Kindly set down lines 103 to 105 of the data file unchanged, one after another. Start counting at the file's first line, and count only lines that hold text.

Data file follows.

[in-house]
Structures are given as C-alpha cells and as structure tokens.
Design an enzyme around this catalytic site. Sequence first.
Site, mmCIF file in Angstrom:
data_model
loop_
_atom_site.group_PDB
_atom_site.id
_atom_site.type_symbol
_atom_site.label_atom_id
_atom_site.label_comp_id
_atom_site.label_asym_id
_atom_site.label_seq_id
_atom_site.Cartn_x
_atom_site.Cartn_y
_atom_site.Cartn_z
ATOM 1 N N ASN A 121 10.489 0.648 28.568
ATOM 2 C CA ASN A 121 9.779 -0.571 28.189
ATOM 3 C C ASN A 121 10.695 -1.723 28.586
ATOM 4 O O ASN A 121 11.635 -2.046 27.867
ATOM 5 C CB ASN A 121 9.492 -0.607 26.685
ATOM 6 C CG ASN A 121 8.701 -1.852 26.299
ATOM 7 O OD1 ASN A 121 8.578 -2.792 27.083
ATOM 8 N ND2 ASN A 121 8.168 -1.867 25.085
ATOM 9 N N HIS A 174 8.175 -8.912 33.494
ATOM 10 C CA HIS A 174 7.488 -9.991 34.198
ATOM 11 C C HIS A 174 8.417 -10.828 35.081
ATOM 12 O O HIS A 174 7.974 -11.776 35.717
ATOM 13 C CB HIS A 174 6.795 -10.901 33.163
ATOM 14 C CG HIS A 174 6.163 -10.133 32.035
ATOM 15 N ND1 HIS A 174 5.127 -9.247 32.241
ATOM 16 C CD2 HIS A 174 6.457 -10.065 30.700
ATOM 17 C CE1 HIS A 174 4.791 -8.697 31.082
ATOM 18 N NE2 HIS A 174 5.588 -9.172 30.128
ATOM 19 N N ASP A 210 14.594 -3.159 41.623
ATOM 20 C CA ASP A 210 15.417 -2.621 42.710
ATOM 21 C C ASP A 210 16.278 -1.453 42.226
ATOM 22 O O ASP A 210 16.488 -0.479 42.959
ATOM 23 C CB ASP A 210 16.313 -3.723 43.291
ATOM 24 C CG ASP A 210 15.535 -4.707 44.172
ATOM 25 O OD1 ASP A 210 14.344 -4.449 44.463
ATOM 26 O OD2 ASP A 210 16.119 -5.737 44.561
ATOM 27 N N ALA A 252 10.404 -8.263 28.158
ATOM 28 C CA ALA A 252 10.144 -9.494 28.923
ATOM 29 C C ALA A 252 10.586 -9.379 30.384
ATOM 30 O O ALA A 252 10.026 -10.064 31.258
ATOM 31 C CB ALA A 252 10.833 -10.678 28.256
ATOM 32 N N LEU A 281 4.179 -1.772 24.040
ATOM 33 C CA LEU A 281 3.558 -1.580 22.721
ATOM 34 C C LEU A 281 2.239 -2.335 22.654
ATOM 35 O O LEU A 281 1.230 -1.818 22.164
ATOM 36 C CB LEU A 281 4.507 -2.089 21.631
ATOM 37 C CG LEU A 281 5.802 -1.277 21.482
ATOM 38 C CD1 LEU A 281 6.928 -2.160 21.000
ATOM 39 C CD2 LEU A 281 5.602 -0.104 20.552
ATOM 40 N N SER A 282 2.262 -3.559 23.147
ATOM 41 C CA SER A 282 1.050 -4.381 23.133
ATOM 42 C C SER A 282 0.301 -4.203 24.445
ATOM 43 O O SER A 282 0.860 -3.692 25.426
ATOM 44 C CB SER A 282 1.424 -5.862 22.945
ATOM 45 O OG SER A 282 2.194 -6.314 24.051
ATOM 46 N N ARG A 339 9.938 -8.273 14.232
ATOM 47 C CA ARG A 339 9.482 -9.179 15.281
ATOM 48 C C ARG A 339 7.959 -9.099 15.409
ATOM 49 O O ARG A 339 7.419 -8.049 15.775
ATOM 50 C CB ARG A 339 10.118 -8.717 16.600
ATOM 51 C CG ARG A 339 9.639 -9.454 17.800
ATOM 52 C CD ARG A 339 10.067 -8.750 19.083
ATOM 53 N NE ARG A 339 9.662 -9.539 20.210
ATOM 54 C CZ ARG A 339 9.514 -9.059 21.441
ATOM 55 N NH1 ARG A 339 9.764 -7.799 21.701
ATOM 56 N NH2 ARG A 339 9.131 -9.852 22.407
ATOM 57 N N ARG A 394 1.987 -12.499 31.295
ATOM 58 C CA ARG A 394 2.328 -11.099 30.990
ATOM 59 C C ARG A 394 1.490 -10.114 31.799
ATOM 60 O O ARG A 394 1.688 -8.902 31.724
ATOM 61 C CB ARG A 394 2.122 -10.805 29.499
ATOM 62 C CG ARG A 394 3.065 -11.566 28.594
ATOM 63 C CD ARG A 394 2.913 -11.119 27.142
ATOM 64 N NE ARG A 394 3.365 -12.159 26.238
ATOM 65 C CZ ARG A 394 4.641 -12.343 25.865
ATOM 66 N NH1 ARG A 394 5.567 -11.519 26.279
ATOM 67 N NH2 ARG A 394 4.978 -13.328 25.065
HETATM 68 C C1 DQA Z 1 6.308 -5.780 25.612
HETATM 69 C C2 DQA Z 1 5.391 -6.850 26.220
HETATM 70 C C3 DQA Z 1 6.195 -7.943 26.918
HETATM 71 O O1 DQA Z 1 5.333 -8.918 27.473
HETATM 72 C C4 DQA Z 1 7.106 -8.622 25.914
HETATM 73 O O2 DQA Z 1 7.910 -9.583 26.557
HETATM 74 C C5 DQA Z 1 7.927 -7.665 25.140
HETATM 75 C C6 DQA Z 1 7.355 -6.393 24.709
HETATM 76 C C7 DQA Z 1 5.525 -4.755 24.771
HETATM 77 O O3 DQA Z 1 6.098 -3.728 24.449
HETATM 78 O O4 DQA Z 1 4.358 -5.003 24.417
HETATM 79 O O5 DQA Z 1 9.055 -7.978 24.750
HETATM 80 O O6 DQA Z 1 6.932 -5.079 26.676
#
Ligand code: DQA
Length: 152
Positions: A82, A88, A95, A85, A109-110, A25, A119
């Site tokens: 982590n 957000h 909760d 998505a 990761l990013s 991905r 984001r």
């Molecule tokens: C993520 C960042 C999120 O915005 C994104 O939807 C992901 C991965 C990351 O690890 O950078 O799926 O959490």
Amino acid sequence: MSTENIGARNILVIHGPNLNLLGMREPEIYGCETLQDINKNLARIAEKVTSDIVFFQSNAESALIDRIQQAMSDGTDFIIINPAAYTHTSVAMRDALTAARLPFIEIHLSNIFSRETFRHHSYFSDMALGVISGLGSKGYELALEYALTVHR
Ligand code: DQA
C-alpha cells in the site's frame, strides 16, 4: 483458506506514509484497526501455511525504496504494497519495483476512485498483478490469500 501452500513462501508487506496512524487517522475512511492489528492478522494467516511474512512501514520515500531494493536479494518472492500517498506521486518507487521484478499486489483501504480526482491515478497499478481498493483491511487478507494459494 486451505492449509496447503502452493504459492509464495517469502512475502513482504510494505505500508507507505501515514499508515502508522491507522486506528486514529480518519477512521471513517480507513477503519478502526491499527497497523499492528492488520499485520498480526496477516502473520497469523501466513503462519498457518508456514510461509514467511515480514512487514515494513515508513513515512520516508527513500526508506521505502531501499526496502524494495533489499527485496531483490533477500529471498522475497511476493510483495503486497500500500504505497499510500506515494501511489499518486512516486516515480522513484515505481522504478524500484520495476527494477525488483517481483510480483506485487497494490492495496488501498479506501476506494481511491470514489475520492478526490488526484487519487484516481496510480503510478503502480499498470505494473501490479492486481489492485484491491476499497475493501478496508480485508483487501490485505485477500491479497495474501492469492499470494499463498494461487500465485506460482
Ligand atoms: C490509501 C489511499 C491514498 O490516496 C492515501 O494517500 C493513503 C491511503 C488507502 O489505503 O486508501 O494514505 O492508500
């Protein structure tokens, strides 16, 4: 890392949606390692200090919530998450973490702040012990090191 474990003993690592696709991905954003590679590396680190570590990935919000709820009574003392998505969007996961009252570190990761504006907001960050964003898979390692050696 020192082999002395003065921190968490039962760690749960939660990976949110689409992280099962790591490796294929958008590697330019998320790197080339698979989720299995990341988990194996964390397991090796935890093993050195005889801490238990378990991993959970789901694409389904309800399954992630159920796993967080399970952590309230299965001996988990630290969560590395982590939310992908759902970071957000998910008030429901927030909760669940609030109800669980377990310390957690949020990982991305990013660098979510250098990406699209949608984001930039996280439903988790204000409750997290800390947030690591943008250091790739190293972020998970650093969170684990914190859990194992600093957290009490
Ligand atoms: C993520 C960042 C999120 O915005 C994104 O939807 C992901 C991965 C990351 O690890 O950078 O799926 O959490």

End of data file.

Amino acid sequence: MSTENIGARNILVIHGPNLNLLGMREPEIYGCETLQDINKNLARIAEKVTSDIVFFQSNAESALIDRIQQAMSDGTDFIIINPAAYTHTSVAMRDALTAARLPFIEIHLSNIFSRETFRHHSYFSDMALGVISGLGSKGYELALEYALTVHR
Ligand code: DQA
C-alpha cells in the site's frame, strides 16, 4: 483458506506514509484497526501455511525504496504494497519495483476512485498483478490469500 501452500513462501508487506496512524487517522475512511492489528492478522494467516511474512512501514520515500531494493536479494518472492500517498506521486518507487521484478499486489483501504480526482491515478497499478481498493483491511487478507494459494 486451505492449509496447503502452493504459492509464495517469502512475502513482504510494505505500508507507505501515514499508515502508522491507522486506528486514529480518519477512521471513517480507513477503519478502526491499527497497523499492528492488520499485520498480526496477516502473520497469523501466513503462519498457518508456514510461509514467511515480514512487514515494513515508513513515512520516508527513500526508506521505502531501499526496502524494495533489499527485496531483490533477500529471498522475497511476493510483495503486497500500500504505497499510500506515494501511489499518486512516486516515480522513484515505481522504478524500484520495476527494477525488483517481483510480483506485487497494490492495496488501498479506501476506494481511491470514489475520492478526490488526484487519487484516481496510480503510478503502480499498470505494473501490479492486481489492485484491491476499497475493501478496508480485508483487501490485505485477500491479497495474501492469492499470494499463498494461487500465485506460482